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The party was hosted by a doctor, and another physician friend named Paul watched over him, and kept asking whether he wanted to go the hospital rather than toughing it out. Ahluwalia declined; “I hate hospitals.” He figured he was better off anyway being watched by Paul.
But one thing Paul insisted on was that he get to a specialist “to find out exactly what you’re allergic to.” A Calgary allergist diagnosed an allergy to nuts, related to his sensitivity to the birch tree family, and including nuts, apples, cherries and peaches. Ahluwalia was prescribed and bought an auto-injector.
So why doesn’t he carry it? “I try not to take it [the allergy] too seriously, otherwise it would drive me and everyone else crazy,” he says.
McGarr finds the tendency of allergic adults to minimize the risks of anaphylaxis is common, and often accompanied by statements such as “I won’t let this control my life.” Tied into control is the belief that you can simply avoid your allergens.
In the study conducted for EpiPen in Canada, fewer than 40 per cent of the “at risk” group agreed they might not be able to avoid their allergen in every situation. As an example of avoidance and control, these people would speak of their restaurant choices. Those with peanut allergy would steer clear of Chinese restaurants because they use peanuts in the food. With tree nut allergy, an individual might pass on Italian restaurants due to pine nuts in many dishes.
Once inside a restaurant of their choosing, the “at risk” adults had a strong sense of trust that the kitchen would safeguard their food. “The belief in being able to avoid is very, very strong,” says McGarr, calling it the biggest single factor in explaining why so many allergic adults don’t carry an auto-injector.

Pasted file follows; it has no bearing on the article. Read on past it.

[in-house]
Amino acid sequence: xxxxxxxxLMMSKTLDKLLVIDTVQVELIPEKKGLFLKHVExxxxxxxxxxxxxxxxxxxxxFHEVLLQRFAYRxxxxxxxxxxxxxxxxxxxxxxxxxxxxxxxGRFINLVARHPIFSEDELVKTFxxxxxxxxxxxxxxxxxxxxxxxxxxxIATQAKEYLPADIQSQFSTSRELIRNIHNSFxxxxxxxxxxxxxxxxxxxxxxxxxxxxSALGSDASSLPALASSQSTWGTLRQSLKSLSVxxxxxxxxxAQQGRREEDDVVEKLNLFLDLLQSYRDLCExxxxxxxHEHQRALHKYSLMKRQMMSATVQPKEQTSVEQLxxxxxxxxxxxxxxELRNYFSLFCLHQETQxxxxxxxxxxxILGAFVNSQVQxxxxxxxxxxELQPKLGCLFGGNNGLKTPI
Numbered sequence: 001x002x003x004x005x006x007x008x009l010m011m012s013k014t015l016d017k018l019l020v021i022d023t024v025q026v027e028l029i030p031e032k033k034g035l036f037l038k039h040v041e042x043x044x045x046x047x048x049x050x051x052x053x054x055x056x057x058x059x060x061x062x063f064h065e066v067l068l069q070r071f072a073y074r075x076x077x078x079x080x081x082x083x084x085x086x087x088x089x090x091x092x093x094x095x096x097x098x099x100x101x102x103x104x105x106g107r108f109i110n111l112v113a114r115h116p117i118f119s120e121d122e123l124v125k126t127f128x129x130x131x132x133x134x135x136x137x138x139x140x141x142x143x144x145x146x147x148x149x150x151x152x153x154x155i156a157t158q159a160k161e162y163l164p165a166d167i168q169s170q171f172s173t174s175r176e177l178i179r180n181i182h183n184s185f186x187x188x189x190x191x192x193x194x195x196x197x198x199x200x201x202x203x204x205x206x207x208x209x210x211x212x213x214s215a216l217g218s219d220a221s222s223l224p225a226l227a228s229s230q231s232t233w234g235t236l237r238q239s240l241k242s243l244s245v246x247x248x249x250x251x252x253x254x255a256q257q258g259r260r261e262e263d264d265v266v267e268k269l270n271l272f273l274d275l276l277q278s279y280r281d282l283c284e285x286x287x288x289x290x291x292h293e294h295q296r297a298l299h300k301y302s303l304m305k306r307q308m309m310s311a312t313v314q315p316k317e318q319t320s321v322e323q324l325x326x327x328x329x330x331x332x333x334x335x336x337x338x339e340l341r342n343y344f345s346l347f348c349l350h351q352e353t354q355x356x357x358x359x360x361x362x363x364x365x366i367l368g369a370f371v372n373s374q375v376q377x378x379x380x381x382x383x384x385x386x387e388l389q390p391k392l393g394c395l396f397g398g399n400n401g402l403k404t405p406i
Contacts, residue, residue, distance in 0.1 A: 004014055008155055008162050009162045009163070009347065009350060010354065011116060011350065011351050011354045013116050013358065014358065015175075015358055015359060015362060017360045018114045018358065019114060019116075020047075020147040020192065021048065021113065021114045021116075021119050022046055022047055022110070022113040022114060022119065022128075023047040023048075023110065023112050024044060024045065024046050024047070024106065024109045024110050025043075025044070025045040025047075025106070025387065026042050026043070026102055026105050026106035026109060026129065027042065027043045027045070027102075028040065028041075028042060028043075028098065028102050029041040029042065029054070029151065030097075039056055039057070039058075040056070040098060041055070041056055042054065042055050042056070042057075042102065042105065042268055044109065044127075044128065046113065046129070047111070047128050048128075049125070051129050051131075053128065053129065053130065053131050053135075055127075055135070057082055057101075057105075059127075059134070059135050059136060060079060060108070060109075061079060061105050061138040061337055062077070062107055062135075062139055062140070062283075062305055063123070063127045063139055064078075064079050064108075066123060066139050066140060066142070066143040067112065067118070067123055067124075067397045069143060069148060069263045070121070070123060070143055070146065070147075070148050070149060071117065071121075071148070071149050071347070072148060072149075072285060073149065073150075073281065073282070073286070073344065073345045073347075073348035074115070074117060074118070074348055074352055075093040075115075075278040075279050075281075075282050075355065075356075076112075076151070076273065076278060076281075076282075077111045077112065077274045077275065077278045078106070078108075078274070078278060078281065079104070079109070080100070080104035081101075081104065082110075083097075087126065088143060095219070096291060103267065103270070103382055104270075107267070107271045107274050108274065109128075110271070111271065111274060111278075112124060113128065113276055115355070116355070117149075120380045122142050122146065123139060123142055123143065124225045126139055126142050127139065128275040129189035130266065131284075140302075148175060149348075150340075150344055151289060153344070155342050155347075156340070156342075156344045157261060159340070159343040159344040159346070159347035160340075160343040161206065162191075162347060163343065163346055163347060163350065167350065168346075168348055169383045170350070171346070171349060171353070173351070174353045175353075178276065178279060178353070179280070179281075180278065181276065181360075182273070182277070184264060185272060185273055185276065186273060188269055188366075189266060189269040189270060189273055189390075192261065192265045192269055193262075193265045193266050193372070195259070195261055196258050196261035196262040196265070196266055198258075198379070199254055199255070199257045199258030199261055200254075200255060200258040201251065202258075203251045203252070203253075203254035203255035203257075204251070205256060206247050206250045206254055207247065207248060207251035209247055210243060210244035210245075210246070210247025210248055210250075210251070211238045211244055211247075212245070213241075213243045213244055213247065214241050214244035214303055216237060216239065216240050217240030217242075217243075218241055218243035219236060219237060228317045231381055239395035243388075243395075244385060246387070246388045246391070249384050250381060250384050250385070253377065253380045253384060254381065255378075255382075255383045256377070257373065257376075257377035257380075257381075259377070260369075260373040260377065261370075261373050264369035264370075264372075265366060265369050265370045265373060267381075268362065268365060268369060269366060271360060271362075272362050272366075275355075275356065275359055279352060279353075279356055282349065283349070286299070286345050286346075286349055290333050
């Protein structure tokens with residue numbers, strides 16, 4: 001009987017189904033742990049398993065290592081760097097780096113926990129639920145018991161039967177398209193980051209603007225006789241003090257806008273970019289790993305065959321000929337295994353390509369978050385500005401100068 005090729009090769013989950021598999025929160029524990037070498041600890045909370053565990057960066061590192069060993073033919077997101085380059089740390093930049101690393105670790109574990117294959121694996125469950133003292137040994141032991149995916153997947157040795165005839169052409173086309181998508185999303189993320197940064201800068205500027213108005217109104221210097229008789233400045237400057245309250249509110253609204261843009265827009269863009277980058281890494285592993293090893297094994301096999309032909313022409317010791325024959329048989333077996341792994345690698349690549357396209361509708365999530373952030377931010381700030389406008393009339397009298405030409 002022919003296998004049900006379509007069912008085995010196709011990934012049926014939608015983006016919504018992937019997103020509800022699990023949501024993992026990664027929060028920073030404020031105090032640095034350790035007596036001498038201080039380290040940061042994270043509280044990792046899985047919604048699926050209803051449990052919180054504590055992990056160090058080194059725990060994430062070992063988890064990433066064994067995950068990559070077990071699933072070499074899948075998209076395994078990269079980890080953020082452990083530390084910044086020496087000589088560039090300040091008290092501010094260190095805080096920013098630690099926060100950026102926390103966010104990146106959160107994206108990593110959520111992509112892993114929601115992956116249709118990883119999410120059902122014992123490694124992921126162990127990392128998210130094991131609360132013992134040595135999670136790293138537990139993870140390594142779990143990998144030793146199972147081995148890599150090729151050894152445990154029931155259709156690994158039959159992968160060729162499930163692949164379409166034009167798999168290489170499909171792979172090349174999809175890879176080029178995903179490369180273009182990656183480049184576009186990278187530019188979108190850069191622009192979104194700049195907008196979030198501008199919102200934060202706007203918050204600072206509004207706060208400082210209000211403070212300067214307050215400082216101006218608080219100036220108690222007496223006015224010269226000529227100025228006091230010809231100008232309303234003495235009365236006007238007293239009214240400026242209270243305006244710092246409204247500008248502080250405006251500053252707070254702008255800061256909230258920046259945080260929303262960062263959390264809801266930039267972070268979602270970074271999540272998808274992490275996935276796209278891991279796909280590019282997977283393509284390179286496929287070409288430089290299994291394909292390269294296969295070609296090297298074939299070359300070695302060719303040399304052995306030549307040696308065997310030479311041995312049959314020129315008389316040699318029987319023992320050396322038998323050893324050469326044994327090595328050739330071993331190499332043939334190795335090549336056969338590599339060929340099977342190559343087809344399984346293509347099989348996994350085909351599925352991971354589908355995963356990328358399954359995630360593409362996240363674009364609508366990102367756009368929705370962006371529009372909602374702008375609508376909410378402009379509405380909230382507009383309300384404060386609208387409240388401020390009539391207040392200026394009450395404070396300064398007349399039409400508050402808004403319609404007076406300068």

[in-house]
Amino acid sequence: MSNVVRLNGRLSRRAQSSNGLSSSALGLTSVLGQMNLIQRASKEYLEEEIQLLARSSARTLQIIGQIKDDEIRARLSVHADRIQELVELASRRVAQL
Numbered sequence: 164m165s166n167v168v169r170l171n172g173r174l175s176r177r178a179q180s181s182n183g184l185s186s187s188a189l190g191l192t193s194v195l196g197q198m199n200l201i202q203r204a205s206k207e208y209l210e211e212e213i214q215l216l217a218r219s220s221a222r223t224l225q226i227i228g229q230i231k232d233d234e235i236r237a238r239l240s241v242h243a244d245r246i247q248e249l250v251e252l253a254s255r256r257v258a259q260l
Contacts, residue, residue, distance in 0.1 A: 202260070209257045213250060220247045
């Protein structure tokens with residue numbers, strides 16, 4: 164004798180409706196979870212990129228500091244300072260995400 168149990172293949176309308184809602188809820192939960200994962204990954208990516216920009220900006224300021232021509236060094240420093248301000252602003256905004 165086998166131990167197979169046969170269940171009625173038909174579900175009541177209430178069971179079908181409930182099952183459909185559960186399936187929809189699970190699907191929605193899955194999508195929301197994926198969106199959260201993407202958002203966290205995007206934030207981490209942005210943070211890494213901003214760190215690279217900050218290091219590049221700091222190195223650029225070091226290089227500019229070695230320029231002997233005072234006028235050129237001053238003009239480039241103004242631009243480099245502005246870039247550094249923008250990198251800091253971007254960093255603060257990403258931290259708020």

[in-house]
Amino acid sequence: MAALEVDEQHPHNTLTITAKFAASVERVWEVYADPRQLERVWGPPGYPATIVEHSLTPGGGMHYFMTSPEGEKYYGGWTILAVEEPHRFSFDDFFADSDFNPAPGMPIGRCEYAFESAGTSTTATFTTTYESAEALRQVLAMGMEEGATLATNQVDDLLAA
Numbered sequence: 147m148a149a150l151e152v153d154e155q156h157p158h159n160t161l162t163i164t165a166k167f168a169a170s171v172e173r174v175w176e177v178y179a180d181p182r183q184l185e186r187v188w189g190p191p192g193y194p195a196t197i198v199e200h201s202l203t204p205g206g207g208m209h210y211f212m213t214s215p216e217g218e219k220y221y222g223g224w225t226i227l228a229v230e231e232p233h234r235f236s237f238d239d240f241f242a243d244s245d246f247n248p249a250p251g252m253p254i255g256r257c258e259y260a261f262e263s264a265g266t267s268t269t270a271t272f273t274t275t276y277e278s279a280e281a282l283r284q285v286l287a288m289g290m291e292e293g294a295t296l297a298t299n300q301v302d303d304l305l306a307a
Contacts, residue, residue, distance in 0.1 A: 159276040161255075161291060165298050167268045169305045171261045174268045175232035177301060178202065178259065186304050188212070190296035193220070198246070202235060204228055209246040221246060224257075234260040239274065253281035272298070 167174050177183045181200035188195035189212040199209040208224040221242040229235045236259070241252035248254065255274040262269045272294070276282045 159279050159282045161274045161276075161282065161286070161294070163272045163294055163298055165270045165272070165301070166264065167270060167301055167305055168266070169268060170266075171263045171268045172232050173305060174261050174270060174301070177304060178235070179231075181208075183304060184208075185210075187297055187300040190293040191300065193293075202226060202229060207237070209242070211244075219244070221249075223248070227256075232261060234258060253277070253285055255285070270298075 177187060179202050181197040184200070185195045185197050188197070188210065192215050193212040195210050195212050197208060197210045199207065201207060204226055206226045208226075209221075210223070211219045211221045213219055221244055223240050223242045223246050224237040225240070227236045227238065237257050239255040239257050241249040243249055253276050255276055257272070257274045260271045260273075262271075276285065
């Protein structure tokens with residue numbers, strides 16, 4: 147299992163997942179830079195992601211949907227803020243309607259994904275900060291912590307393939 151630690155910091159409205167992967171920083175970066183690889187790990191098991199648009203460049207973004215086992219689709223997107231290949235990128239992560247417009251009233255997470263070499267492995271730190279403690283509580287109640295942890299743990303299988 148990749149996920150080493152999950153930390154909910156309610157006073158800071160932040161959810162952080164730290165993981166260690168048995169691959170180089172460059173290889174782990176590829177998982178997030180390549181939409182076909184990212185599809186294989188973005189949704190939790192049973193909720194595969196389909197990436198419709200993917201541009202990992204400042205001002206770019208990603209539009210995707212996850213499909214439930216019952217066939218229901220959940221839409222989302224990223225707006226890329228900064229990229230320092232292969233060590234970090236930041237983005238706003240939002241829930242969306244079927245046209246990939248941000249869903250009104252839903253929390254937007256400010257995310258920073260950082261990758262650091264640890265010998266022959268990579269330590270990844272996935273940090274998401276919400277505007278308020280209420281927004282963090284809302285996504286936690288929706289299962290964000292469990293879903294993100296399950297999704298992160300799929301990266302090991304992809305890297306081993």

Another recurring belief was that reactions would stay the same in both severity and frequency. If they had been mild and infrequent, in this group’s minds, that would always be the case.
McGarr describes this as a difficult mental construct to tear down: “Believing it is a powerful impulse because as human beings we are pattern recognizers.” If we’ve seen what happens with one or more exposures to our allergens, we believe we know what will happen.
Humans are also known for a capacity to forget about pain once the pain is gone. McGarr, who specializes in health-care research across North America, notes that even in patients who’ve had serious cardiovascular events like strokes, the longer it has been since the experience, the less vigilant the patient may become with prescribed medications.
In anaphylaxis, this will surface in the chances people take around food and in getting increasingly less concerned about keeping an up-to-date auto-injector. For instance, that EpiPen that Ahluwalia couldn’t remember how to use? It’s five years old, while epinephrine loses its potency after one year.
In his case, there’s also a hefty dose of denial. While Ahluwalia is at a higher risk since he has asthma as well as allergies, he has even eaten an apple slice just to see if he still reacts. Nor does his family take the allergies seriously. His mother will hand him some kicharee, his favorite East Indian comfort food, made from lentils and rice. She stores its ingredients in used cashew jars.
Though he gently admonishes her, he’ll still cook and eat the food from the jars (so far to no ill effect). “I don’t believe I’ve ever been close to death,” says Ahluwalia. “I’ve been in severe pain, but not close to death.”
Next: Doctors’ advice crucial to awareness